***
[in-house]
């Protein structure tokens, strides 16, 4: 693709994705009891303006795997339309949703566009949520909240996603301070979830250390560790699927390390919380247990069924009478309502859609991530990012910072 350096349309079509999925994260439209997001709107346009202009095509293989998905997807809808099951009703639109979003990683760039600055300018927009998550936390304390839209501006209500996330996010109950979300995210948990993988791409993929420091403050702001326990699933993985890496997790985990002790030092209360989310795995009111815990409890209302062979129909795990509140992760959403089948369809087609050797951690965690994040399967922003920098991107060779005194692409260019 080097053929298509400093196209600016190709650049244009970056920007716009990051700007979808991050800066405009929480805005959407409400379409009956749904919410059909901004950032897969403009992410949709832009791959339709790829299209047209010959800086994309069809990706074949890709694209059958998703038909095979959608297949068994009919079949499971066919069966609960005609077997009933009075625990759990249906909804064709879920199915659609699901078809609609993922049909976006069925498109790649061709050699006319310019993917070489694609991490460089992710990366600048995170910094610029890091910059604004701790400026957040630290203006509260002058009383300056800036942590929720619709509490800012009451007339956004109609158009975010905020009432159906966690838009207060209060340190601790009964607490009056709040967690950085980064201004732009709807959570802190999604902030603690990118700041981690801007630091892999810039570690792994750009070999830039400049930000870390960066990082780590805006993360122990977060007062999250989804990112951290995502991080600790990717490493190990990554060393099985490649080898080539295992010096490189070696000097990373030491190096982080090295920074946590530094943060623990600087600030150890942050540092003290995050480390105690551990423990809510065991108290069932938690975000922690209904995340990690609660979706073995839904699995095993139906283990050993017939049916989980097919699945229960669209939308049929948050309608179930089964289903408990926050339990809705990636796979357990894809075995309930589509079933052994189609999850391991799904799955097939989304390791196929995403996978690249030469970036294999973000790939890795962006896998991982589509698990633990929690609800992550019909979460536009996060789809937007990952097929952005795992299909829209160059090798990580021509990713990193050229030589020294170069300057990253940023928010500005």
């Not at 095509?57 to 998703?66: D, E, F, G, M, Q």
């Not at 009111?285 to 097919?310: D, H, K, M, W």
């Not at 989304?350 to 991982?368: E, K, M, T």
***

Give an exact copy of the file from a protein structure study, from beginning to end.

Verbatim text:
[in-house]
């Protein structure tokens, strides 16, 4: 693709994705009891303006795997339309949703566009949520909240996603301070979830250390560790699927390390919380247990069924009478309502859609991530990012910072 350096349309079509999925994260439209997001709107346009202009095509293989998905997807809808099951009703639109979003990683760039600055300018927009998550936390304390839209501006209500996330996010109950979300995210948990993988791409993929420091403050702001326990699933993985890496997790985990002790030092209360989310795995009111815990409890209302062979129909795990509140992760959403089948369809087609050797951690965690994040399967922003920098991107060779005194692409260019 080097053929298509400093196209600016190709650049244009970056920007716009990051700007979808991050800066405009929480805005959407409400379409009956749904919410059909901004950032897969403009992410949709832009791959339709790829299209047209010959800086994309069809990706074949890709694209059958998703038909095979959608297949068994009919079949499971066919069966609960005609077997009933009075625990759990249906909804064709879920199915659609699901078809609609993922049909976006069925498109790649061709050699006319310019993917070489694609991490460089992710990366600048995170910094610029890091910059604004701790400026957040630290203006509260002058009383300056800036942590929720619709509490800012009451007339956004109609158009975010905020009432159906966690838009207060209060340190601790009964607490009056709040967690950085980064201004732009709807959570802190999604902030603690990118700041981690801007630091892999810039570690792994750009070999830039400049930000870390960066990082780590805006993360122990977060007062999250989804990112951290995502991080600790990717490493190990990554060393099985490649080898080539295992010096490189070696000097990373030491190096982080090295920074946590530094943060623990600087600030150890942050540092003290995050480390105690551990423990809510065991108290069932938690975000922690209904995340990690609660979706073995839904699995095993139906283990050993017939049916989980097919699945229960669209939308049929948050309608179930089964289903408990926050339990809705990636796979357990894809075995309930589509079933052994189609999850391991799904799955097939989304390791196929995403996978690249030469970036294999973000790939890795962006896998991982589509698990633990929690609800992550019909979460536009996060789809937007990952097929952005795992299909829209160059090798990580021509990713990193050229030589020294170069300057990253940023928010500005």
């Not at 095509?57 to 998703?66: D, E, F, G, M, Q």
């Not at 009111?285 to 097919?310: D, H, K, M, W």
């Not at 989304?350 to 991982?368: E, K, M, T």